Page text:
[JURIST] [JURIST Europe] A Turkish appeals court has rejected a prosecutor's recommendation and has ruled that charges still stand against Hrant Dink, a high-profile Turkish-Armenian journalist and editor of the newspaper Agos [media website] who has written about the killings of an estimated million Ottoman Armenians [ANI backgrounder] in the early 20th century. Accused of publicly denigrating or insulting Turkishness under controversial Article 301 [Amnesty International backgrounder] of the Turkish Penal Code, Dink was given a six-months suspended sentence [JURIST report] last October, but in February the chief prosecutor of the Appeals Court ruled that his remarks were in no way offensive. The new court determination sends the case back to the local court where it may be reheard.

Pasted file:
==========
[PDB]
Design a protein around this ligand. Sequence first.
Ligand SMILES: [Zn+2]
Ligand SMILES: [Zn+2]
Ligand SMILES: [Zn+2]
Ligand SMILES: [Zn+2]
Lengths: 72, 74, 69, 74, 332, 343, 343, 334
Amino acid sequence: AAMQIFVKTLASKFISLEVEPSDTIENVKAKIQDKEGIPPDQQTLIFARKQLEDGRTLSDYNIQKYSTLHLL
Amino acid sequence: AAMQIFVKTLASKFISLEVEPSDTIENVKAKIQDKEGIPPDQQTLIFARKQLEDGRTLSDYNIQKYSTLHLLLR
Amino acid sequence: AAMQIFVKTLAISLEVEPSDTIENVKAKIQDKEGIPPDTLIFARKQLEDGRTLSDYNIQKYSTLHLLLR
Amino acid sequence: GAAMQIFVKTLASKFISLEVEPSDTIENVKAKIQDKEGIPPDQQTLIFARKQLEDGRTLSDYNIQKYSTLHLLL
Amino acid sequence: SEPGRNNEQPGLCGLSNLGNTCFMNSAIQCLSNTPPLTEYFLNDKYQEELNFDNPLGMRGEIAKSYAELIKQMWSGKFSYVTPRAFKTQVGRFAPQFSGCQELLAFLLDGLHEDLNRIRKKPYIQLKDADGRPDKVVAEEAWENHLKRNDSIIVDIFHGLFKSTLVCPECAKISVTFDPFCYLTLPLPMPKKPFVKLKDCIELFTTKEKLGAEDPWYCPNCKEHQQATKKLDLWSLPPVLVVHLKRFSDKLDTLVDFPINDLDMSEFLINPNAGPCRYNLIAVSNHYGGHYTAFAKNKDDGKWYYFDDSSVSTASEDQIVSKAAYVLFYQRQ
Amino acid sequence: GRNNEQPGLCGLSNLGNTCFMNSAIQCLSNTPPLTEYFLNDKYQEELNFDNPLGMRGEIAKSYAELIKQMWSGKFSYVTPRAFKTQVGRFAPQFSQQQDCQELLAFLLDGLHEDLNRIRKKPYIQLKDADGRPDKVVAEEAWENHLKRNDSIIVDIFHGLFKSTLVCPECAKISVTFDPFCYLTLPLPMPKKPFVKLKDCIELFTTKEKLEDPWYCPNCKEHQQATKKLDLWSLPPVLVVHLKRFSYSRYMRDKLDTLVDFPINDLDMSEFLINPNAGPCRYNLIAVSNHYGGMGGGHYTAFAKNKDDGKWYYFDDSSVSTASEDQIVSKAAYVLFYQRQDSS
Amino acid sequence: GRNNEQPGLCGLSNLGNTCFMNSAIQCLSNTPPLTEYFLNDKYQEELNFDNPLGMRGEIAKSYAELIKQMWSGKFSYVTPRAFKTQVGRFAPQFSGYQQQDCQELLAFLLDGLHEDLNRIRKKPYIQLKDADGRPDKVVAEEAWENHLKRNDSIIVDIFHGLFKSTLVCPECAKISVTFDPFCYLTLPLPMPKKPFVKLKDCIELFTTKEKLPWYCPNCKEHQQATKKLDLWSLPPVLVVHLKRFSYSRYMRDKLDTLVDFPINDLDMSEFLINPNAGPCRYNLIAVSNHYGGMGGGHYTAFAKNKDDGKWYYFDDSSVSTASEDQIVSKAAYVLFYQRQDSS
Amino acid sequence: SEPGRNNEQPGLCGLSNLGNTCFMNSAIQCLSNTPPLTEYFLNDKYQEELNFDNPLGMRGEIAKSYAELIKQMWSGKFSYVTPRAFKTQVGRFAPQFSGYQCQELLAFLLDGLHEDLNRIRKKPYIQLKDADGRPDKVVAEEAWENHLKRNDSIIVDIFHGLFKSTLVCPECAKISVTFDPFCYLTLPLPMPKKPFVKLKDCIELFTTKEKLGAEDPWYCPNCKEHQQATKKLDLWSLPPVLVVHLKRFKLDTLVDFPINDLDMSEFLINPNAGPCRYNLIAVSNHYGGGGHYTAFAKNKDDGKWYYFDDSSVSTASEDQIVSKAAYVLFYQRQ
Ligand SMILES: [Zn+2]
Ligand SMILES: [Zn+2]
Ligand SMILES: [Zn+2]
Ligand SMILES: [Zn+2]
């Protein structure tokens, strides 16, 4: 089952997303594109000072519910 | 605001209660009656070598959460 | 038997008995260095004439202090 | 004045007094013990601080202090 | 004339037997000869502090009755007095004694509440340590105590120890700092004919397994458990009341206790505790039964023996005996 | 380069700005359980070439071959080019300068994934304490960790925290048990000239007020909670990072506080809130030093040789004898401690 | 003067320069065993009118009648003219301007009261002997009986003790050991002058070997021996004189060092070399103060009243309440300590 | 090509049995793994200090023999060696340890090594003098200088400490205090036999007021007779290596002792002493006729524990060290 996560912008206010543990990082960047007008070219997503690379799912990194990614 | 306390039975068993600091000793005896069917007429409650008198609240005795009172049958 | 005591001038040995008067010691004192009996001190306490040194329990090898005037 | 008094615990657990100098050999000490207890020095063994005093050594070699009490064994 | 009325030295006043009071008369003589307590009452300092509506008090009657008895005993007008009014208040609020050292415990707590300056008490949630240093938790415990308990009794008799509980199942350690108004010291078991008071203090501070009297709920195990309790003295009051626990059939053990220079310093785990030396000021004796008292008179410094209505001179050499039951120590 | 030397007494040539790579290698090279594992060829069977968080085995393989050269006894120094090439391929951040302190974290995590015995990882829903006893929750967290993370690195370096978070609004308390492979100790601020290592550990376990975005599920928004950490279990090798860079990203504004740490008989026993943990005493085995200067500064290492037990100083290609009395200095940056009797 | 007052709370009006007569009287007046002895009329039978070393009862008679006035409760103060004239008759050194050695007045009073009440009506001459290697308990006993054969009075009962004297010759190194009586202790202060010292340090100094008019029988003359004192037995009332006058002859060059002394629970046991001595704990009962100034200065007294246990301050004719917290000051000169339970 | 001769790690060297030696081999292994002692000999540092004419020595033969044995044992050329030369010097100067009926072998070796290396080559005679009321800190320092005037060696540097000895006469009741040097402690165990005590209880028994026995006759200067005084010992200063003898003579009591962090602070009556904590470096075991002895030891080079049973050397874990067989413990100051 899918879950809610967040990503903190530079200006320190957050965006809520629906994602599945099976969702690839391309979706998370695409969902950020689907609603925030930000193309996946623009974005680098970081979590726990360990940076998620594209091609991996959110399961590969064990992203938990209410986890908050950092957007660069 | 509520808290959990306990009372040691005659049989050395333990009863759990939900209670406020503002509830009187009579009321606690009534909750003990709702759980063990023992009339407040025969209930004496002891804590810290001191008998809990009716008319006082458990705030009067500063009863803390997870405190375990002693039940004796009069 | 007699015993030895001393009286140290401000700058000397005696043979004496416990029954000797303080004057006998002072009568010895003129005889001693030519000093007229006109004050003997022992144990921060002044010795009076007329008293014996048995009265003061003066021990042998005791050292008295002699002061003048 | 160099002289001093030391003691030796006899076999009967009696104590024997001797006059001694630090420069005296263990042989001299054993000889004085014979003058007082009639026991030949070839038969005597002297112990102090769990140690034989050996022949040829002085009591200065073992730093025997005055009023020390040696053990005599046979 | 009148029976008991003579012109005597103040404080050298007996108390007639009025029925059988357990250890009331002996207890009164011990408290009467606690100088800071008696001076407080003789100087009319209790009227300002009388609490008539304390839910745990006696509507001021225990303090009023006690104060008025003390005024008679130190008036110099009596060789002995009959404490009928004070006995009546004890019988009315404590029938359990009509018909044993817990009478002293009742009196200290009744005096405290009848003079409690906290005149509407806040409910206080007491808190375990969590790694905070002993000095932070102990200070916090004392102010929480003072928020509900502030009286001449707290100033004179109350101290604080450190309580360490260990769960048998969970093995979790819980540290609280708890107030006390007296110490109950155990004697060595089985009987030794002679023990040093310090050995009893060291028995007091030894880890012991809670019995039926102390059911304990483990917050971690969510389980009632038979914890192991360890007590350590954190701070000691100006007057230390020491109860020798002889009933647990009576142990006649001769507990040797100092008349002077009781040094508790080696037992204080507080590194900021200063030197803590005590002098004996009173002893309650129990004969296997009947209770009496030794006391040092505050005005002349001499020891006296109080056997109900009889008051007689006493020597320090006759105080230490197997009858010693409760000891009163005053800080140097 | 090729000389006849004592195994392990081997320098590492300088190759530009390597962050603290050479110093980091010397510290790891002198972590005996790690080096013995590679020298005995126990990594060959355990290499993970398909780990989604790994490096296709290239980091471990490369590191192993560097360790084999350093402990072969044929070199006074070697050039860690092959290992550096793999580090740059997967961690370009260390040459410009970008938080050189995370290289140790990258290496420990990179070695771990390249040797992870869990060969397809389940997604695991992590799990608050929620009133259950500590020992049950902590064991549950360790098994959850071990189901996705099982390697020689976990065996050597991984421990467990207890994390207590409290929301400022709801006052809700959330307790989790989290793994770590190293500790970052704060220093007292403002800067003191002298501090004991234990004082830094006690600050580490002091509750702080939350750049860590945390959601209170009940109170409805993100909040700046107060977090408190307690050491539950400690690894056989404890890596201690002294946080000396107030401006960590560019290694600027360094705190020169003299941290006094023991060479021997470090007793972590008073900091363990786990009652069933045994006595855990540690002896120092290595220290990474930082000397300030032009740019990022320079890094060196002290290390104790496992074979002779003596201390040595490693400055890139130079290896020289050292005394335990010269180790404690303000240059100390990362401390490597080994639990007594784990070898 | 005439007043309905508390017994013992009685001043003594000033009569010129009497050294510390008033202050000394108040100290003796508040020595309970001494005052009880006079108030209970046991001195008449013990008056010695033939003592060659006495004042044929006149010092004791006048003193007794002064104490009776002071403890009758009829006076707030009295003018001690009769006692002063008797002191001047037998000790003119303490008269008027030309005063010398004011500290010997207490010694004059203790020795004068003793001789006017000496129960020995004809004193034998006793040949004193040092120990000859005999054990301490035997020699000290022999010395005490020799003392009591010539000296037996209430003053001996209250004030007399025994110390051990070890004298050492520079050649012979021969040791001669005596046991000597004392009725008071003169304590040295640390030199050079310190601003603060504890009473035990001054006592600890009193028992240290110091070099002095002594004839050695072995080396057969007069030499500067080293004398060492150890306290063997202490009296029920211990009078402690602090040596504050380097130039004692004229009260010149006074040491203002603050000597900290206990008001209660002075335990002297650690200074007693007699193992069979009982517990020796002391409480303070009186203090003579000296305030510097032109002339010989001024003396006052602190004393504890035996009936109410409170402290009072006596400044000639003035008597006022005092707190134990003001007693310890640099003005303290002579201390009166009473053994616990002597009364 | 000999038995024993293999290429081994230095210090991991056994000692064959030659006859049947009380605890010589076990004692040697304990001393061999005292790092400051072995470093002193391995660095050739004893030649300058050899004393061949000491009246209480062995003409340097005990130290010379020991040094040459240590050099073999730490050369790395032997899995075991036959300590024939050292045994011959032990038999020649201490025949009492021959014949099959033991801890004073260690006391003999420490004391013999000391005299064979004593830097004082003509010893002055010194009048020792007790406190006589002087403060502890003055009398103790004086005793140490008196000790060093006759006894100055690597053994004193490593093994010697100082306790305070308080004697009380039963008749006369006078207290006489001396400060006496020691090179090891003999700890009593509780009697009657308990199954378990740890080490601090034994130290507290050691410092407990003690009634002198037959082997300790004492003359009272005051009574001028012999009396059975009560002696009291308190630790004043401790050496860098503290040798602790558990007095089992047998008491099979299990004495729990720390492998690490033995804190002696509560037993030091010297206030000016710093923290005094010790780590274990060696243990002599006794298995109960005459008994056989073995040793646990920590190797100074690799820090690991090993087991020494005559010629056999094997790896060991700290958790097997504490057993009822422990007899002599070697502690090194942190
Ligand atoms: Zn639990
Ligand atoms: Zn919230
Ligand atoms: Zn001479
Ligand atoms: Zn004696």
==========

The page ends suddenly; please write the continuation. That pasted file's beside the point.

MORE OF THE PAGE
Article 301 reads:
1. Public denigration of Turkishness, the Republic or the Grand National Assembly of Turkey shall be punishable by imprisonment of between six months and three years.Dink's case, along with several others [JURIST news archive; JURIST report] that deal with freedom of speech in Turkey, is being closely monitored by the EU. Turkey is eager to join the EU and has committed to a series of reforms, yet speech that can be interpreted as an insult to the Turkish identity, the military and the judiciary is still illegal. BBC News has more. From Istanbul, Hurriyet has local coverage.
2. Public denigration of the Government of the Republic of Turkey, the judicial institutions of the State, the military or security structures shall be punishable by imprisonment of between six months and two years.
3. In cases where denigration of Turkishness is committed by a Turkish citizen in another country the punishment shall be increased by one third.
4. Expressions of thought intended to criticize shall not constitute a crime.
Tatyana Margolin is an Associate Editor for JURIST Europe, reporting European legal news from a European perspective. She is based in the UK.